Rising raw sewage spills into England’s waterways flushed out a promise of increased investment from water companies this week.
The number of monitored sewage discharges into rivers, lakes and the sea has risen from about 400 to 865 daily between 2018 and 2022, according to Environment Agency (EA) data. The scale of the crisis has stoked indignation among nature enthusiasts, wild swimmers, surfers and the fishing community.
These numbers are likely to be an underestimate. Not all of the 15,000 storm overflows in England’s sewage system are yet fitted with monitoring devices. Storm overflows are safety valves that release untreated effluent when the system comes under pressure. Monitors must be fitted in all by the end of this year. About 91 per cent are equipped at present. In 2015, this was only 10 per cent. Even those that are equipped do not always generate data.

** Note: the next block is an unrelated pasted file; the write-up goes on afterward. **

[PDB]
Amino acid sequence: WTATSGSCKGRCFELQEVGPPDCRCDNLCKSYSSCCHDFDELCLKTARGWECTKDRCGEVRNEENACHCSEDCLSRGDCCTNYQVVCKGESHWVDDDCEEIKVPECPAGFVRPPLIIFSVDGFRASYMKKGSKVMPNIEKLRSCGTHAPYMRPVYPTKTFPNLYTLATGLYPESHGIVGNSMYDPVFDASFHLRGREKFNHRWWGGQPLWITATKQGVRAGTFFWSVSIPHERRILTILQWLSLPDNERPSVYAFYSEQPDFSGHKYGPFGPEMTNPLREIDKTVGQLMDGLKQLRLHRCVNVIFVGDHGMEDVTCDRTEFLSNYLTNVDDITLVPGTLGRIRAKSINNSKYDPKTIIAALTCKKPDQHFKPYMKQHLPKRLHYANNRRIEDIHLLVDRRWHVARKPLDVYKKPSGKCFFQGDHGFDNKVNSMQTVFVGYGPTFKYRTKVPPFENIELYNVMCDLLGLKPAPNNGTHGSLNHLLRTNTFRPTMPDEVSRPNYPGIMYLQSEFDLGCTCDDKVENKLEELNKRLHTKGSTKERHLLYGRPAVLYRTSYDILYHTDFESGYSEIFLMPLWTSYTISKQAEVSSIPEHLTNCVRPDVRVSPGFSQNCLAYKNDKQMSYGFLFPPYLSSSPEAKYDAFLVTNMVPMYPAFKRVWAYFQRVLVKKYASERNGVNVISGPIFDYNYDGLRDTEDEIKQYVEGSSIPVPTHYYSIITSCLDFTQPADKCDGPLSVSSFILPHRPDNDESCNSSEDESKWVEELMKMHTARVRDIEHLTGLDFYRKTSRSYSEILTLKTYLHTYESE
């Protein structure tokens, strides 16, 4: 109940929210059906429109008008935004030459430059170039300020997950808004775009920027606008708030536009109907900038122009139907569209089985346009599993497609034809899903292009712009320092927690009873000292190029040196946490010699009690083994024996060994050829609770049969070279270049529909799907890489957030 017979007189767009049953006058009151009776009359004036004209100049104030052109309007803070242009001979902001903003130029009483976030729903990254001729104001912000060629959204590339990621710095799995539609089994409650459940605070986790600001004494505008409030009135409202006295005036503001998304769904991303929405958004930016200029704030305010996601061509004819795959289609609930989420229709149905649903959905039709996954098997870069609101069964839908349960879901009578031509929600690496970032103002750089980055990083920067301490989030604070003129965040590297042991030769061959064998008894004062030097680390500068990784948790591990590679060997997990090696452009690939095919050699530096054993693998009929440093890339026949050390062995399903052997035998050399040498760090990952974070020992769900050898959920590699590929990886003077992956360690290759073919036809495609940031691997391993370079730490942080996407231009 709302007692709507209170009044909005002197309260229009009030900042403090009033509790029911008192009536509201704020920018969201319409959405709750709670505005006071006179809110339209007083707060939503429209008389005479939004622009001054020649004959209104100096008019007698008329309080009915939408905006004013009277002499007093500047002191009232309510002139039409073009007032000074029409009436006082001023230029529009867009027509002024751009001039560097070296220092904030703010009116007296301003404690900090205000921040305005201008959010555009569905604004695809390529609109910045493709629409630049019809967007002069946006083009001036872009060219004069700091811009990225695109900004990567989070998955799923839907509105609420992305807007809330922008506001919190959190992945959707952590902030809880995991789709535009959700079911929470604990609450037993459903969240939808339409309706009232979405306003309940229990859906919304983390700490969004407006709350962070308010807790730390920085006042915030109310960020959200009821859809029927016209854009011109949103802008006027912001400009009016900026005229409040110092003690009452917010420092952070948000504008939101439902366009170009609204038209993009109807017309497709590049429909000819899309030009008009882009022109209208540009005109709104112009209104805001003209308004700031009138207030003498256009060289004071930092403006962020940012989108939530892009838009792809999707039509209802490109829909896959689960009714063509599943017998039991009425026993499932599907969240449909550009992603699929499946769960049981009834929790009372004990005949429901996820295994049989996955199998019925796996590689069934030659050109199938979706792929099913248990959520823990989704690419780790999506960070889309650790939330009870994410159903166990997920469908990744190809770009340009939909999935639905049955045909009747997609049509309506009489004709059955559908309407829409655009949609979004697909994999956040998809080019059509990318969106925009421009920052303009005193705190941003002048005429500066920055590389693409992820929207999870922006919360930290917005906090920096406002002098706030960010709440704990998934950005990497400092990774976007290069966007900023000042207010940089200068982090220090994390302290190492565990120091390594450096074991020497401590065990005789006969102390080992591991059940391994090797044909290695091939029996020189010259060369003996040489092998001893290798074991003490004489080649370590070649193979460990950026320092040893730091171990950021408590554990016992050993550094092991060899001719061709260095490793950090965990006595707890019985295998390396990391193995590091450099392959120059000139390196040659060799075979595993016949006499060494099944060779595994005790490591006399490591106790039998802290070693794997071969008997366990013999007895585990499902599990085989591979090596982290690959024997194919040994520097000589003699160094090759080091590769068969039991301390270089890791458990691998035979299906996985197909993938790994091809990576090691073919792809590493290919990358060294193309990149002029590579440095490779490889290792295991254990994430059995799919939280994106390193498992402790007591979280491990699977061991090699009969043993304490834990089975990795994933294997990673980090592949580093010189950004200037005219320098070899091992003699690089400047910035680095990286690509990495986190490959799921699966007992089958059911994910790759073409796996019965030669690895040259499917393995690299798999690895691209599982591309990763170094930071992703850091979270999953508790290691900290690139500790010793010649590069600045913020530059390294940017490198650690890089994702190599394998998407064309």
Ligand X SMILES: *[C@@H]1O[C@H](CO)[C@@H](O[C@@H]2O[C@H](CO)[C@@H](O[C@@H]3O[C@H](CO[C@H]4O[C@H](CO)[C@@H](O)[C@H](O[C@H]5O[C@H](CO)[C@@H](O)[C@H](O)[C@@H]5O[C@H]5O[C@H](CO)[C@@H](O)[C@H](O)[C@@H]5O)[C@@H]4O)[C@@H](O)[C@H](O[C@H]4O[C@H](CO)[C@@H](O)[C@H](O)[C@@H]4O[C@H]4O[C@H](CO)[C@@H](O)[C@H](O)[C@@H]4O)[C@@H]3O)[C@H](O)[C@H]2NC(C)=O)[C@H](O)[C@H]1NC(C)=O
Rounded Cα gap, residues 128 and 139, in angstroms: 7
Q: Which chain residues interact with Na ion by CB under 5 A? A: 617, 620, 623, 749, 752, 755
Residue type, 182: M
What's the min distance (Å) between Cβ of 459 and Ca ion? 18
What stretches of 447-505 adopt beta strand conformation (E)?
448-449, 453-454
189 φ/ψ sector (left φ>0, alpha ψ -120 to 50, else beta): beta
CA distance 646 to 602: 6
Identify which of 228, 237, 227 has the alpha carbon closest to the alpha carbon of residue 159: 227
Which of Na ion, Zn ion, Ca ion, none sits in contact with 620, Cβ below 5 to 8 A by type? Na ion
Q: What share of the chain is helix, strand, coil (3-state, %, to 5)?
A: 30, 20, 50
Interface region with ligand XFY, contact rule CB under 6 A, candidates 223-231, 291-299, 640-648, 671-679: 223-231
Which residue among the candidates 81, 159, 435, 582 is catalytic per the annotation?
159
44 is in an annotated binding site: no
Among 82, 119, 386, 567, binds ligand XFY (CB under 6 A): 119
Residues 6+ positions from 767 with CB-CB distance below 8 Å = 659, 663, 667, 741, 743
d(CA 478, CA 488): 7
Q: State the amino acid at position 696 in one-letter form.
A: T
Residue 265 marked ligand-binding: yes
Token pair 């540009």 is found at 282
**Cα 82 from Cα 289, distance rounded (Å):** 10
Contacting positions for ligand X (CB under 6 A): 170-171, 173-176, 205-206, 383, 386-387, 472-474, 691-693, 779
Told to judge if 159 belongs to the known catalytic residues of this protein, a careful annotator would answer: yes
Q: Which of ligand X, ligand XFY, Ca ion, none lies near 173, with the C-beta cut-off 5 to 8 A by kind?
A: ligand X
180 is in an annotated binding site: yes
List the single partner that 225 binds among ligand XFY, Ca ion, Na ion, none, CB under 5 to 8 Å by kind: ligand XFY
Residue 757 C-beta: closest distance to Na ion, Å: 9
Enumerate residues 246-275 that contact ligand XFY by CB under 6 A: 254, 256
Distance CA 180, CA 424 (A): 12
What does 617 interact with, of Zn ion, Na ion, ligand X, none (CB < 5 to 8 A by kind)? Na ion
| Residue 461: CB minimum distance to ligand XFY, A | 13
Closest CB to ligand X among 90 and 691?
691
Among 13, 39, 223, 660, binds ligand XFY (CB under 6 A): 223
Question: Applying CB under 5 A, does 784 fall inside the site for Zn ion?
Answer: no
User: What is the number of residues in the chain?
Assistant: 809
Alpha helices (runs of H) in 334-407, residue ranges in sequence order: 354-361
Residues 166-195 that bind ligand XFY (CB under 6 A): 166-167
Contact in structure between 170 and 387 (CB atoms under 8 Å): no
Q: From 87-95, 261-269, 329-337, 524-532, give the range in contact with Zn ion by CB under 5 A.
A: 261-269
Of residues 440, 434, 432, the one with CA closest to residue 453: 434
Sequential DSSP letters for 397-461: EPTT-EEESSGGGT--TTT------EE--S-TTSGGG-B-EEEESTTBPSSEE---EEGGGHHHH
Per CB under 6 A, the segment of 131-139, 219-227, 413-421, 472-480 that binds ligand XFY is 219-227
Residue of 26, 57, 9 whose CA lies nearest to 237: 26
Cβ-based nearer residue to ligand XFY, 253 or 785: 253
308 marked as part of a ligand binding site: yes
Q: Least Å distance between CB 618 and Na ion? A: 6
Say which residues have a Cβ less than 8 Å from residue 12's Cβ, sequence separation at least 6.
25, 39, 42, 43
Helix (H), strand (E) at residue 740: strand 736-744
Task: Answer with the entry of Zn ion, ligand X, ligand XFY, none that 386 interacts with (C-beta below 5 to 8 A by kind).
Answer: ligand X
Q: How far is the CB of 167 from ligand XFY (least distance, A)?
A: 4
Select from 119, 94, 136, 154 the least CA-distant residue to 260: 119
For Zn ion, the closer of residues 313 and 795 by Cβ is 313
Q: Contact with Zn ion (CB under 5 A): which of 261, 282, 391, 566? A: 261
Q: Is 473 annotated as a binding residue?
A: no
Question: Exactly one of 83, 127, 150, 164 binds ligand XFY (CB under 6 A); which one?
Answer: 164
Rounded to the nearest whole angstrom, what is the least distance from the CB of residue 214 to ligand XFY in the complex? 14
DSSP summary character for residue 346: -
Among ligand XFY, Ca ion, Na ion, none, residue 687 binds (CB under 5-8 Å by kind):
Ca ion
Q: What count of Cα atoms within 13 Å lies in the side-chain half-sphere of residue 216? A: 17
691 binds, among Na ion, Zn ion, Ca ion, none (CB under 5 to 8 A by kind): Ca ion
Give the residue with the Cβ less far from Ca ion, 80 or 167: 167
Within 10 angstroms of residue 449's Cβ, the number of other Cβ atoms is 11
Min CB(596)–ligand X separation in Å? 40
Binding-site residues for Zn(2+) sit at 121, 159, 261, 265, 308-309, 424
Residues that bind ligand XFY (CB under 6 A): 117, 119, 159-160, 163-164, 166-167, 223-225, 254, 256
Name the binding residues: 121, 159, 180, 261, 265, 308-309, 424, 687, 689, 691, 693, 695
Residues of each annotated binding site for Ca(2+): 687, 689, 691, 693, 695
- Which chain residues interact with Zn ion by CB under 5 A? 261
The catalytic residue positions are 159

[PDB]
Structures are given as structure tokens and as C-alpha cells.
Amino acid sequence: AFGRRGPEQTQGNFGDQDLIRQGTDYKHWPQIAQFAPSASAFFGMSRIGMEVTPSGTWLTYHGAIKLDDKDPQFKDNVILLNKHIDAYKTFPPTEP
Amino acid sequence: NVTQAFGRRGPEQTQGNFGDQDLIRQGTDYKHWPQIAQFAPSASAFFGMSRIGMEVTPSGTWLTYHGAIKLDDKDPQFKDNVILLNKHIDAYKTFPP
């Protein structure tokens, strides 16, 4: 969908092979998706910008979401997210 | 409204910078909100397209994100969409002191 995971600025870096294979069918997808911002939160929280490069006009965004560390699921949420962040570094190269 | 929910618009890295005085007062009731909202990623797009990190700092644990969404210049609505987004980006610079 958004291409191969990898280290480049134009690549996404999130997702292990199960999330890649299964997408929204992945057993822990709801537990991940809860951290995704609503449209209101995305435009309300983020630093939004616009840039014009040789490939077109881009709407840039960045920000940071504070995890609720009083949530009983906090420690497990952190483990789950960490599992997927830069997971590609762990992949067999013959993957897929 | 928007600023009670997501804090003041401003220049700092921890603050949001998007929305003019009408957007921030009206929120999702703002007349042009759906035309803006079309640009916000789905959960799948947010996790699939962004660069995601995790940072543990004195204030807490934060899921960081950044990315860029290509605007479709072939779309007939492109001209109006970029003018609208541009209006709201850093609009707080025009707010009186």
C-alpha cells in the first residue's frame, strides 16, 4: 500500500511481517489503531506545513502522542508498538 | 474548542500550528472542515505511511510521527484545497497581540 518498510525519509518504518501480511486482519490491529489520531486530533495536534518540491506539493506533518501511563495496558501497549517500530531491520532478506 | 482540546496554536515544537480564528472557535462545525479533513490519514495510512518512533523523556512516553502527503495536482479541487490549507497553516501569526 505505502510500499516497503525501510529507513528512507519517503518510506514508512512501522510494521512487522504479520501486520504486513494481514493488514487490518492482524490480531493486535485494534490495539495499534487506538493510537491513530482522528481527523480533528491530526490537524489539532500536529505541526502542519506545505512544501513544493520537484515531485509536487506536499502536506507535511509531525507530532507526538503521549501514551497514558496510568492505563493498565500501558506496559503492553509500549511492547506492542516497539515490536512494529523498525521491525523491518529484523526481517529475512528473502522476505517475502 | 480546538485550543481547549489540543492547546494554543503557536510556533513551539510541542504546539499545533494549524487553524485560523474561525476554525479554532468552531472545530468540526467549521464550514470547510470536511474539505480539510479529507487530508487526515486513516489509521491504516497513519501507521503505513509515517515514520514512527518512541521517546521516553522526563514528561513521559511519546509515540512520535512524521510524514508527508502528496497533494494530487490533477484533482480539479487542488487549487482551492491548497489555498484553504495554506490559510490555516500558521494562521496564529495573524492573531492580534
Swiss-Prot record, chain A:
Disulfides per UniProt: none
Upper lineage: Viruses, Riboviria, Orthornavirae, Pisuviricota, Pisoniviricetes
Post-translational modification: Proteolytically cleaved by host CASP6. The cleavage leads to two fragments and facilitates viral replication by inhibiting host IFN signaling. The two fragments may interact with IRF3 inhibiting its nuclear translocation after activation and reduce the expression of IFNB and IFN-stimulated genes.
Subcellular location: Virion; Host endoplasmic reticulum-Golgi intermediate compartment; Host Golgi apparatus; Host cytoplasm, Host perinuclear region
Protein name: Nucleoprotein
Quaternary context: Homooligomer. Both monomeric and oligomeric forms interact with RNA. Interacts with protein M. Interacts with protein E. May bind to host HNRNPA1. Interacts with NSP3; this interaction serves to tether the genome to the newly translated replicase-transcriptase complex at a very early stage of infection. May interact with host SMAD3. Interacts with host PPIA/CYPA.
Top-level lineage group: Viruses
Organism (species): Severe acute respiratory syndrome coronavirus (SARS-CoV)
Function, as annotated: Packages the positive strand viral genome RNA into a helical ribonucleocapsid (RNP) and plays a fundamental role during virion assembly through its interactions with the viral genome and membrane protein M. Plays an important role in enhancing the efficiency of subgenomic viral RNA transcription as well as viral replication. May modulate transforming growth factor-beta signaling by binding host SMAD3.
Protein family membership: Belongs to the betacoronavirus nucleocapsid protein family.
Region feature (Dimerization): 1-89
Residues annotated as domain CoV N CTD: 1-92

Annual discharge numbers can also be skewed by factors such as drier weather, as was the case in 2022, according to the EA.
Water UK, a trade body, responded this week with a pledge to invest £10bn by 2030. This is over and above the £3.1bn that had already been earmarked for 2020-25. The government estimates it will take a total of £56bn to solve the sewage crisis. Others believe higher sums will be needed to make the system as a whole resilient. Barclays has put this number at £100bn by 2050.
Water UK’s pledge is, at the moment, just that. Much of the money is intended to be spent between 2025 and 2030. Investment plans for that period will not be sanctioned by the regulator Ofwat until the end of 2024.
Water companies fund investment through borrowings. It is then paid back via customer bills. Bills will have to rise 60 per cent from an average of £440 a year per household at present to support £100bn of investment by 2050, estimates Barclays analyst Dominic Nash.
Water companies are at last acknowledging the scale of the crisis. But pressure will continue to build until the effects of under-investment are cleared.
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